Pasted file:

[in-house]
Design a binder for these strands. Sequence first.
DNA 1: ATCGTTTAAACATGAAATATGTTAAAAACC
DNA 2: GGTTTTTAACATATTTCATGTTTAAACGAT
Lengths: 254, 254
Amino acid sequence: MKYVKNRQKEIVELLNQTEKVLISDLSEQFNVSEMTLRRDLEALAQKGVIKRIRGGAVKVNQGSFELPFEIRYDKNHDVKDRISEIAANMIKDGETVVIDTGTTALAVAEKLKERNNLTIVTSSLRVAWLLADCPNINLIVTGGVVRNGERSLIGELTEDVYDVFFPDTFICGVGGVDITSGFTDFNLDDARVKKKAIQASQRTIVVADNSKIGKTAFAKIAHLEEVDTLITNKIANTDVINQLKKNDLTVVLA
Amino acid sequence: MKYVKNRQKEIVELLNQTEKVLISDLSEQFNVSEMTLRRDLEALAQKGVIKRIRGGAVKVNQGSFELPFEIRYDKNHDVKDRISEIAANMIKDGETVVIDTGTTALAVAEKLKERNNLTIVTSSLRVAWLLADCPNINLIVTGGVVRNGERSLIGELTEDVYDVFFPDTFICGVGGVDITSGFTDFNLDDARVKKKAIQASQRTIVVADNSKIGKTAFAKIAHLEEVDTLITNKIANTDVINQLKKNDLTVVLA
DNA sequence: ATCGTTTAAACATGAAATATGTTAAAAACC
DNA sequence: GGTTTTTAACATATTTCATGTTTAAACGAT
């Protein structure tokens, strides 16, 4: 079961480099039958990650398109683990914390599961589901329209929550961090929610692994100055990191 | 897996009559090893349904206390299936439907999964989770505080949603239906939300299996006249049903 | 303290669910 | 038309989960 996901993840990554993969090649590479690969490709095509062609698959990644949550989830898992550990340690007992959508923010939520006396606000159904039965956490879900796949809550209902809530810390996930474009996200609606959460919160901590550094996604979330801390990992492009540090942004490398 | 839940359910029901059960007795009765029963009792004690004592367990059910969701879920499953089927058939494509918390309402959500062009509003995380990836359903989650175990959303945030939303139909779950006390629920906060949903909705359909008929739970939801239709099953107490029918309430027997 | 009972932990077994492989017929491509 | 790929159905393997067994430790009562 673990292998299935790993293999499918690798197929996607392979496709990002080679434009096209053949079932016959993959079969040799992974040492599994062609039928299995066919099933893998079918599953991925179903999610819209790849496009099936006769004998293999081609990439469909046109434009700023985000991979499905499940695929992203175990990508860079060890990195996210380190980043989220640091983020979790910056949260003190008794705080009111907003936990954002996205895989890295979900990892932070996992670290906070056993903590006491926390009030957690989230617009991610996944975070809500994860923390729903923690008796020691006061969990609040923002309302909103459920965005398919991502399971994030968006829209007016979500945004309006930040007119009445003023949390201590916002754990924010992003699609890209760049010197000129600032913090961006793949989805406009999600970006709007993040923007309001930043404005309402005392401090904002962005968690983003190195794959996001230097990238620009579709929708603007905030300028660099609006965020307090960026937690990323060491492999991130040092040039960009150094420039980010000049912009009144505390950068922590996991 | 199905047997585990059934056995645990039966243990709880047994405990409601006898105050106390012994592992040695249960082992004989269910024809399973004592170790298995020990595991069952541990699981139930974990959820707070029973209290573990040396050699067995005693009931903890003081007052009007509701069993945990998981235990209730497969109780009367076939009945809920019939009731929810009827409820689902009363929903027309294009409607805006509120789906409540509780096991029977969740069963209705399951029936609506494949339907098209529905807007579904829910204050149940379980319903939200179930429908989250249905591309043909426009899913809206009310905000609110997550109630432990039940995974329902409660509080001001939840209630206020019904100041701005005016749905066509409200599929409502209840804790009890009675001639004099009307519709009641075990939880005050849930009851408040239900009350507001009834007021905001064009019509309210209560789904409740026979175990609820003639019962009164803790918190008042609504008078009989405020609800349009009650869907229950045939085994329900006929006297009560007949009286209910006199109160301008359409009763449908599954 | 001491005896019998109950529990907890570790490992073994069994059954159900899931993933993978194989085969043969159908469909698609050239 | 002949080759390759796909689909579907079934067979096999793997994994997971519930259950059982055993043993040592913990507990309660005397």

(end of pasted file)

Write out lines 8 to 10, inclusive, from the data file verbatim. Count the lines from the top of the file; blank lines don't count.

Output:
DNA sequence: ATCGTTTAAACATGAAATATGTTAAAAACC
DNA sequence: GGTTTTTAACATATTTCATGTTTAAACGAT
């Protein structure tokens, strides 16, 4: 079961480099039958990650398109683990914390599961589901329209929550961090929610692994100055990191 | 897996009559090893349904206390299936439907999964989770505080949603239906939300299996006249049903 | 303290669910 | 038309989960 996901993840990554993969090649590479690969490709095509062609698959990644949550989830898992550990340690007992959508923010939520006396606000159904039965956490879900796949809550209902809530810390996930474009996200609606959460919160901590550094996604979330801390990992492009540090942004490398 | 839940359910029901059960007795009765029963009792004690004592367990059910969701879920499953089927058939494509918390309402959500062009509003995380990836359903989650175990959303945030939303139909779950006390629920906060949903909705359909008929739970939801239709099953107490029918309430027997 | 009972932990077994492989017929491509 | 790929159905393997067994430790009562 673990292998299935790993293999499918690798197929996607392979496709990002080679434009096209053949079932016959993959079969040799992974040492599994062609039928299995066919099933893998079918599953991925179903999610819209790849496009099936006769004998293999081609990439469909046109434009700023985000991979499905499940695929992203175990990508860079060890990195996210380190980043989220640091983020979790910056949260003190008794705080009111907003936990954002996205895989890295979900990892932070996992670290906070056993903590006491926390009030957690989230617009991610996944975070809500994860923390729903923690008796020691006061969990609040923002309302909103459920965005398919991502399971994030968006829209007016979500945004309006930040007119009445003023949390201590916002754990924010992003699609890209760049010197000129600032913090961006793949989805406009999600970006709007993040923007309001930043404005309402005392401090904002962005968690983003190195794959996001230097990238620009579709929708603007905030300028660099609006965020307090960026937690990323060491492999991130040092040039960009150094420039980010000049912009009144505390950068922590996991 | 199905047997585990059934056995645990039966243990709880047994405990409601006898105050106390012994592992040695249960082992004989269910024809399973004592170790298995020990595991069952541990699981139930974990959820707070029973209290573990040396050699067995005693009931903890003081007052009007509701069993945990998981235990209730497969109780009367076939009945809920019939009731929810009827409820689902009363929903027309294009409607805006509120789906409540509780096991029977969740069963209705399951029936609506494949339907098209529905807007579904829910204050149940379980319903939200179930429908989250249905591309043909426009899913809206009310905000609110997550109630432990039940995974329902409660509080001001939840209630206020019904100041701005005016749905066509409200599929409502209840804790009890009675001639004099009307519709009641075990939880005050849930009851408040239900009350507001009834007021905001064009019509309210209560789904409740026979175990609820003639019962009164803790918190008042609504008078009989405020609800349009009650869907229950045939085994329900006929006297009560007949009286209910006199109160301008359409009763449908599954 | 001491005896019998109950529990907890570790490992073994069994059954159900899931993933993978194989085969043969159908469909698609050239 | 002949080759390759796909689909579907079934067979096999793997994994997971519930259950059982055993043993040592913990507990309660005397």